Flag description: three equal horizontal bands of red (top), white, and black with three green five-pointed stars in a horizontal line centered in the white band; the phrase ALLAHU AKBAR (God is Great) in green Arabic script - Allahu to the right of the middle star and Akbar to the left of the middle star - was added in January 1991 during the Persian Gulf crisis; similar to the flag of Syria, which has two stars but no script, Yemen, which has a plain white band, and that of Egypt which has a gold Eagle of Saladin centered in the white band; design is based upon the Arab Liberation colors
Economy Iraq
Economy - overview: Iraq's economy is dominated by the oil sector, which has traditionally provided about 95% of foreign exchange earnings. In the 1980s financial problems caused by massive expenditures in the eight-year war with Iran and damage to oil export facilities by Iran led the government to implement austerity measures, borrow heavily, and later reschedule foreign debt payments; Iraq suffered economic losses from that war of at least $100 billion. After hostilities ended in 1988, oil exports gradually increased with the construction of new pipelines and restoration of damaged facilities. Iraq's seizure of Kuwait in August 1990, subsequent international economic sanctions, and damage from military action by an international coalition beginning in January 1991 drastically reduced economic activity. Although government policies supporting large military and internal security forces and allocating resources to key supporters of the regime have hurt the economy, implementation of the UN's oil-for-food program beginning in December 1996 helped improve conditions for the average Iraqi citizen. Iraq was allowed to export limited amounts of oil in exchange for food, medicine, and some infrastructure spare parts. In December 1999, the UN Security Council authorized Iraq to export under the program as much oil as required to meet humanitarian needs. The drop in GDP in 2001-02 was largely the result of the global economic slowdown and lower oil prices. Per capita food imports increased significantly, while medical supplies and health care services steadily improved. Per capita output and living standards were still well below the pre-1991 level, but any estimates have a wide range of error. The military victory of the US-led coalition in March-April 2003 resulted in the shutdown of much of the central economic administrative structure, but with the loss of a comparatively small amount of capital plant. The rebuilding of oil, electricity, and other production is proceeding steadily at the start of 2004 with foreign support and despite the continuation of severe internal strife. A joint UN and World Bank report released in the fall of 2003 estimated that Iraq's key reconstruction needs through 2007 would cost $55 billion. In October 2003, international donors pledged assistance worth more than $33 billion toward this rebuilding effort.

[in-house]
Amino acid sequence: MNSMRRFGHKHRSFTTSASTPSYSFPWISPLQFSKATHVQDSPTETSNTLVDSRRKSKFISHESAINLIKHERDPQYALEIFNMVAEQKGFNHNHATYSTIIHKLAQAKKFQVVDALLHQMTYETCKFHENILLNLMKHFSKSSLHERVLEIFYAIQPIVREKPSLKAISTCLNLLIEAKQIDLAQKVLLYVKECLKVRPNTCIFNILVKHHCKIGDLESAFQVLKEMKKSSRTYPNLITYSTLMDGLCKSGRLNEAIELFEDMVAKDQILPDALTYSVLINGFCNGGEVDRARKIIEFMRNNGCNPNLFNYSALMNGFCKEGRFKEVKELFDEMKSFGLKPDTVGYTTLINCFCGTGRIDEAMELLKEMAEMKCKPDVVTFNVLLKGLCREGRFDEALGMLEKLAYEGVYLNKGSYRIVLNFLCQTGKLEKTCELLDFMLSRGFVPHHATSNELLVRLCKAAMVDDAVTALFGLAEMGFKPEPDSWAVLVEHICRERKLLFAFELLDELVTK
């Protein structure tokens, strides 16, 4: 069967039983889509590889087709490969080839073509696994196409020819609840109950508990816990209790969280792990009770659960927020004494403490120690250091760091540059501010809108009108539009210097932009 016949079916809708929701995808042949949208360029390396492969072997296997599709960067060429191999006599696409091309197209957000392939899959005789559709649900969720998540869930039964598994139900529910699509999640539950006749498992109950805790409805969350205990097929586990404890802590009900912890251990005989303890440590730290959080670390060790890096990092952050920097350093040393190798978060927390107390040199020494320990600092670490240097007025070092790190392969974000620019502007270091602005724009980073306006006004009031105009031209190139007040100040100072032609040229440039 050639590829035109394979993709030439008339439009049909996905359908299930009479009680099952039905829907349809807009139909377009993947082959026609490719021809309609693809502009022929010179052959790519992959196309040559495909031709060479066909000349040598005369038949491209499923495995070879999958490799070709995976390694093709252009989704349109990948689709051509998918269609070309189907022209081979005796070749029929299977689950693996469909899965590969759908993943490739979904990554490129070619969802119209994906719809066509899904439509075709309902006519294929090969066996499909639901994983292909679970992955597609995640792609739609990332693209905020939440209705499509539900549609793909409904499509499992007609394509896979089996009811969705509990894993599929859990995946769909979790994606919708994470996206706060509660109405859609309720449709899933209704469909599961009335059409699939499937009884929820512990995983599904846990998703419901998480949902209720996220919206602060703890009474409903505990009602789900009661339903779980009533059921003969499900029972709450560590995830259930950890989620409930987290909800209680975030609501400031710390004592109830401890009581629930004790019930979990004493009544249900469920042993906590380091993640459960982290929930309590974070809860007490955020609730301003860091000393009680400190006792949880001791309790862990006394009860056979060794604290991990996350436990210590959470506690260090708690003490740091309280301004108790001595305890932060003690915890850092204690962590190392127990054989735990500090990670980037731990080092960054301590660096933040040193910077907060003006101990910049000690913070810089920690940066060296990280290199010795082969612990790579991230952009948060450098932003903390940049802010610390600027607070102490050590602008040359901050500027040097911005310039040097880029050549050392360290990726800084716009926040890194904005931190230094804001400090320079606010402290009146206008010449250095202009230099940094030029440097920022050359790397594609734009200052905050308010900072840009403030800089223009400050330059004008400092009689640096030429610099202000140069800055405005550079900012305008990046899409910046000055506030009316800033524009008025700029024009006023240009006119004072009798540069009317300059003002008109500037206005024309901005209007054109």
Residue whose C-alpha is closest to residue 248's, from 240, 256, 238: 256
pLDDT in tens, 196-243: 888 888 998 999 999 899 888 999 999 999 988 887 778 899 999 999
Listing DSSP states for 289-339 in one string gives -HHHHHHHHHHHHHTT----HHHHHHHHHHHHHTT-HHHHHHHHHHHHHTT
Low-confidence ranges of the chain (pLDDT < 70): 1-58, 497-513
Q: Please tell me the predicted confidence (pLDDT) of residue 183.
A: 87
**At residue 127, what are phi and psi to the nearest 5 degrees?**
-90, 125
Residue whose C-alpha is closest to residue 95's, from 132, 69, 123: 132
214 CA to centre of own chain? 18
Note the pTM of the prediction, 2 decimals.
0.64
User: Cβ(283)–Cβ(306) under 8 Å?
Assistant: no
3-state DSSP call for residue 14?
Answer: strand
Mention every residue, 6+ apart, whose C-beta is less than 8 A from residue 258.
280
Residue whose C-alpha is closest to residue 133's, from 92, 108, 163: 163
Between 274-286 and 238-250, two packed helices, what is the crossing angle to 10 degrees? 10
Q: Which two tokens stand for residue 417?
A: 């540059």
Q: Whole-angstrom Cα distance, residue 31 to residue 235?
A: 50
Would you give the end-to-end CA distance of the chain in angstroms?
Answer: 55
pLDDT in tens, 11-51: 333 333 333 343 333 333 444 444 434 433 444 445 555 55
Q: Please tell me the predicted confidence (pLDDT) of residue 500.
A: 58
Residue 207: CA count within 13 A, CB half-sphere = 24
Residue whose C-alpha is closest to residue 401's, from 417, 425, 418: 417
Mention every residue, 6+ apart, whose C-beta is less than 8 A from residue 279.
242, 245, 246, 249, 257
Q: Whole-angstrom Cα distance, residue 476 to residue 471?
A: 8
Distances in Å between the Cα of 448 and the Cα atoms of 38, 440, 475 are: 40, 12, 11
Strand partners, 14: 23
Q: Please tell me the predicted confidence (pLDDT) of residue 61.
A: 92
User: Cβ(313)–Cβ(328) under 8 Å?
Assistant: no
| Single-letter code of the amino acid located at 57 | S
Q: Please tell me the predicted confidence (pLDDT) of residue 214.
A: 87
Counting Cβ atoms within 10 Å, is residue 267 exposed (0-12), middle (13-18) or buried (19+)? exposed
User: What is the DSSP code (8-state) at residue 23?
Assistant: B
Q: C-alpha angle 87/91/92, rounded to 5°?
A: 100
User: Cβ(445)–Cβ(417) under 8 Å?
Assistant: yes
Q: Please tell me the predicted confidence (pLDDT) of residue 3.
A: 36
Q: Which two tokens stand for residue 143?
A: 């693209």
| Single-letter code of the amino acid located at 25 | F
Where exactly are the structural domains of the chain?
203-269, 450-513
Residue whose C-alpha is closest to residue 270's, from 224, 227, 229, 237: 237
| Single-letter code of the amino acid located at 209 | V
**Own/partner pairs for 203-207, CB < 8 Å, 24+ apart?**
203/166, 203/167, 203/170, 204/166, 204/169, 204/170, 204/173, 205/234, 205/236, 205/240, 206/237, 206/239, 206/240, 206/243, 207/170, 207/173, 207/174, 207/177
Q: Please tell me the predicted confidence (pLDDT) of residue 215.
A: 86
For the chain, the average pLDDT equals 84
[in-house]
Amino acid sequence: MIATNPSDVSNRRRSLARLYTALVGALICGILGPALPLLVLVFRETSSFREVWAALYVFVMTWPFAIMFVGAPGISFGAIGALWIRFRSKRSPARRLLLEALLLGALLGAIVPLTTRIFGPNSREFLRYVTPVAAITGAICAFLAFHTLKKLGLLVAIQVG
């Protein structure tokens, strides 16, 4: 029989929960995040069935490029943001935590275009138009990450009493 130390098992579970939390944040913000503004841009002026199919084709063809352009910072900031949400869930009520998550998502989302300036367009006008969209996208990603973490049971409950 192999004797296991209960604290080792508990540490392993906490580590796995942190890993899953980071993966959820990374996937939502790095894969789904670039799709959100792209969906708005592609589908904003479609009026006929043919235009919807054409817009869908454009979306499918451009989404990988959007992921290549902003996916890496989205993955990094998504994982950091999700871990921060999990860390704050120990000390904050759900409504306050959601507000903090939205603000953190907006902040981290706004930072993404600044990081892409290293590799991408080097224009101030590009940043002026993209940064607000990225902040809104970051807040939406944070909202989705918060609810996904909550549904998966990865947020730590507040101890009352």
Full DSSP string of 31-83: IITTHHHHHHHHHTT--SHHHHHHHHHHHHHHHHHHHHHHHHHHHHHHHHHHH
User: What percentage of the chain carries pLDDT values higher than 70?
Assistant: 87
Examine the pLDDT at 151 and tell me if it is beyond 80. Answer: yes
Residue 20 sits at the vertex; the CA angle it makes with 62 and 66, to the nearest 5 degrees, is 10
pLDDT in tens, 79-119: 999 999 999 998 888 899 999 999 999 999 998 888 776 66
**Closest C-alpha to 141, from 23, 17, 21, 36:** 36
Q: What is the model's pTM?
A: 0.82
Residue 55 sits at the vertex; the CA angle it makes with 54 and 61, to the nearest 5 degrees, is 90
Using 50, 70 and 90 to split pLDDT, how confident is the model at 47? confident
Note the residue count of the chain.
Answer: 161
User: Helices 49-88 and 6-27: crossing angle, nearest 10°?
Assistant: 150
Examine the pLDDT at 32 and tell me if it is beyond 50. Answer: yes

GDP: purchasing power parity - $37.92 billion (2003 est.)
GDP - real growth rate: -21.8% (2003 est.)
GDP - per capita: purchasing power parity - $1,500 (2003 est.)
GDP - composition by sector: agriculture: 6%
industry: 13%
services: 81% (1993 est.)
Population below poverty line: NA
Household income or consumption by percentage share: lowest 10%: NA
highest 10%: NA
Inflation rate (consumer prices): 29.3% (2003 est.)
Labor force: 7.8 million (2004 est.)
Labor force - by occupation: agriculture NA, industry NA, services NA
Unemployment rate: NA (2003 est.)
Budget: revenues: $12.8 billion NA
expenditures: $13.4 billion NA, including capital expenditures of NA (2004 budget)
Agriculture - products: wheat, barley, rice, vegetables, dates, cotton; cattle, sheep
Industries: petroleum, chemicals, textiles, construction materials, food processing
Industrial production growth rate: NA
Electricity - production: 36.01 billion kWh (2001)
Electricity - consumption: 33.49 billion kWh (2001)
Electricity - exports: 0 kWh (2001)
Electricity - imports: 0 kWh (2001)
Oil - production: 2.2 million bbl/day; note - prewar production was 2.8 million bbl/day (January 2004 est.)
Oil - consumption: 460,000 bbl/day (2001 est.)
Oil - exports: 1.7 million bbl/day (January 2004)
Oil - imports: NA (2001)
Oil - proved reserves: 113.8 billion bbl (1 January 2002)
Natural gas - production: 2.76 billion cu m (2001 est.)
Natural gas - consumption: 2.76 billion cu m (2001 est.)
Natural gas - exports: 0 cu m (2001 est.)
Natural gas - imports: 0 cu m (2001 est.)
Natural gas - proved reserves: 3.149 trillion cu m (1 January 2002)
Current account balance: $1.136 billion (2003)
Exports: $7.542 billion f.o.b. (2003 est.)
Exports - commodities: crude oil